Just two years ago, Mark Schiller took the helm of Hain Celestial to turn the tanker toward profitability.
In part because of the novel coronavirus pandemic and in part despite it, the global health and wellness company has improved its gross margin. Schiller discussed the company's progress Tuesday with Rob Dickerson, a managing director at Jefferies LLC, during the financial firm's West Coast Consumer Conference, which was conducted online.
A week ago, Hain Celestial released its Q1 2021 earnings report, which showed the company increased its net sales 3% to $498.6 million from a year ago; gross margin 23.9%, a 360-basis- point increase from Q1 fiscal 2020; and adjusted net income of $27,4 million compared with $8.4 million a year ago.
The growth wasn't entirely due to the novel coronavirus pandemic, either.
"We've been able to move much farther much faster on margin enhancement than I originally had assumed," Schiller said Tuesday. He implemented a three-year strategic plan in late 2018 to reduce brands and SKUs, simplify the company and increase profitability.
In Q3 2020, which ended March 31, Hain Celestial reported top-line growth—the first time in 10 consecutive quarters.
The company's "get bigger" brands—best-selling brands that could sell more—are gaining market share, Schiller said. In addition, the company's household penetration rate and repeat rate both were higher in Q1 2021 than in Q4 2020.
Of course, Hain faced many of the same COVID-19-related challenges as other food companies: keeping employees safe; meeting increased demand; and dealing with "umpteen" unforeseen issues, he said.
"The fact that we've thrived in such a challenging environment is something I'm very proud of," Schiller said Tuesday.
Hain's staff has been very resilient and responsive in the face of so many changes, as well as the pandemic.
"They were excited to go on the journey. The put in the hours and the time and the sweat equity to make it happen," he said.
Hain Celestial wasn't the company Schiller expected to find
When Schiller replaced Hain Celestial founder Irwin Simon in November 2018, he found what he often refers to as holding company, not a food company. Speaking with Dickerson, he expanded on his description.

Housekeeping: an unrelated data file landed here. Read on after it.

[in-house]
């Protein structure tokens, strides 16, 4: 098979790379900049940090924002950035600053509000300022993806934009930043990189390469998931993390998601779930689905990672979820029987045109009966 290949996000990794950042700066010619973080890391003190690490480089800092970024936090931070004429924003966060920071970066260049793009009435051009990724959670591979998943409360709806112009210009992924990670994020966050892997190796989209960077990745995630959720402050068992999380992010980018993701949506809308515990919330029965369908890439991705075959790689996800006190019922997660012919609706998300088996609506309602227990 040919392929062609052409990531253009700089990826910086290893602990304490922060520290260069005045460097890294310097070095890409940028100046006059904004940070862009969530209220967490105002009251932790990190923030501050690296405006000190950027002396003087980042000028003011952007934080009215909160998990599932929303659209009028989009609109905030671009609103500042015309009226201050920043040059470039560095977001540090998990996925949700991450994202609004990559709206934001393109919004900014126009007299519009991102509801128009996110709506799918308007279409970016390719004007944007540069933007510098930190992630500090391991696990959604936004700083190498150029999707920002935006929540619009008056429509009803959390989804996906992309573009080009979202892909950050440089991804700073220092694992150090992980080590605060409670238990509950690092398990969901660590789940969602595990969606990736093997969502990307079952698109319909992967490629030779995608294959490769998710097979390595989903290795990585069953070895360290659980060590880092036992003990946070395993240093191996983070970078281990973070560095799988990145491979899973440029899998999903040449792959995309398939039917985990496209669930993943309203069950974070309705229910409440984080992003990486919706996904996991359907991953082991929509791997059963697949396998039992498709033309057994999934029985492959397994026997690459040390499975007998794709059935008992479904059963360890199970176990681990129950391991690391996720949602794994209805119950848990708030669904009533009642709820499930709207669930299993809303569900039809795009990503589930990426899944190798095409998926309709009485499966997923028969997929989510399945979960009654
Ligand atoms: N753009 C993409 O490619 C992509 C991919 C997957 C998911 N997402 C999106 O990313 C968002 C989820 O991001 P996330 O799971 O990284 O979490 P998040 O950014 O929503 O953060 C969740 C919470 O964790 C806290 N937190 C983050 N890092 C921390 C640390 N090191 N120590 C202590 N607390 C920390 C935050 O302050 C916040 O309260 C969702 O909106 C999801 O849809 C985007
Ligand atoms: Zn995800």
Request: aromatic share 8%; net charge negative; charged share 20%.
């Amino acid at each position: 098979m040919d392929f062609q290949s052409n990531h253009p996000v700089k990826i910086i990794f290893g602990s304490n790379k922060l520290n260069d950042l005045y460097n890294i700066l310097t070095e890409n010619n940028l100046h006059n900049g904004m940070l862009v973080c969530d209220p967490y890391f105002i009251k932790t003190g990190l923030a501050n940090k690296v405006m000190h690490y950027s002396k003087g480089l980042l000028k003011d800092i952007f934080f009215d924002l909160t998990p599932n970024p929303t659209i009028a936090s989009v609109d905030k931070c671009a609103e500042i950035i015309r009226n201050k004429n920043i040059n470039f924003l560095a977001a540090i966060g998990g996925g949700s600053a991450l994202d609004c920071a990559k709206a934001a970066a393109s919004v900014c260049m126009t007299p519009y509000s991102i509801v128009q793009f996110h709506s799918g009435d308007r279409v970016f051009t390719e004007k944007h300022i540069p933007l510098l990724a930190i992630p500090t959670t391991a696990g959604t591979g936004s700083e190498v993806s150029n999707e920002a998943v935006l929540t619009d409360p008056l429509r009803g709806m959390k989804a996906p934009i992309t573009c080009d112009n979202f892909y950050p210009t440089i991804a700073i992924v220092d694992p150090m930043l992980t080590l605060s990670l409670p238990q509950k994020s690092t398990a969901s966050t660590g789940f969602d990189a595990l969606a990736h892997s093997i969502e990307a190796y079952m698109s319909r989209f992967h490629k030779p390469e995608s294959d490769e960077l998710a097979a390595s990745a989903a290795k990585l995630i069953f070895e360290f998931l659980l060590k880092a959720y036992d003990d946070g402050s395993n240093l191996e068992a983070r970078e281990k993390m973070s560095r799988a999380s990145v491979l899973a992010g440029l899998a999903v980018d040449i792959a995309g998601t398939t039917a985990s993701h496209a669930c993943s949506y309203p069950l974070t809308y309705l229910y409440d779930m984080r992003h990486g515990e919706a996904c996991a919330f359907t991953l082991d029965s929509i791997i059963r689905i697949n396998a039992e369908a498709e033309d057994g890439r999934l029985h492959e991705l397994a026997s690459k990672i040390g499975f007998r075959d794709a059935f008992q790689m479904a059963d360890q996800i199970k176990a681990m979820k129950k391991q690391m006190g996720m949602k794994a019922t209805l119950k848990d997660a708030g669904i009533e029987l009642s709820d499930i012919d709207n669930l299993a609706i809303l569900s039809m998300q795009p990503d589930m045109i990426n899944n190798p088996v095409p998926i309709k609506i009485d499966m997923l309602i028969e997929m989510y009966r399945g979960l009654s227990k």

"When I got here, I expected that we'd have more processes in place and it would just be about refining and refocusing," Schiller said.
Instead, he found that as Hain Celestial expanded and bought up various food manufacturers, it never integrated them into the core business.
Retailers have had to juggle different ordering platforms for different products. Hain was shipping products out of 40 locations, he said.
"You couldn't put them on the same truck," Schiller said.
Beginning in the third quarter, all of Hain's products—Alba skin and hair care to Terra Chips—will be available to order on the same platform and shipped from the same distribution centers.
After running a pilot program with a retailer that Schiller didn't name, Hain has been able to send trucks that are 80% full instead of 15% percent full.
"The [profit and loss] impact of that is fairly significant; it's meaningful," Schiller said. In addition to creating more paperwork and increasing transportation costs, that system was bad for the environment and difficult for retailers to navigate.
He expects to offer retailers discounts for ordering more products, something that's common in consumer packaged goods.
"We never had the ability to combine things, so we never gave people the incentive to combine things and fill up trucks," Schiller said.
"The improvement is significant and the improvement in our relationship—we're so much easier to do business with."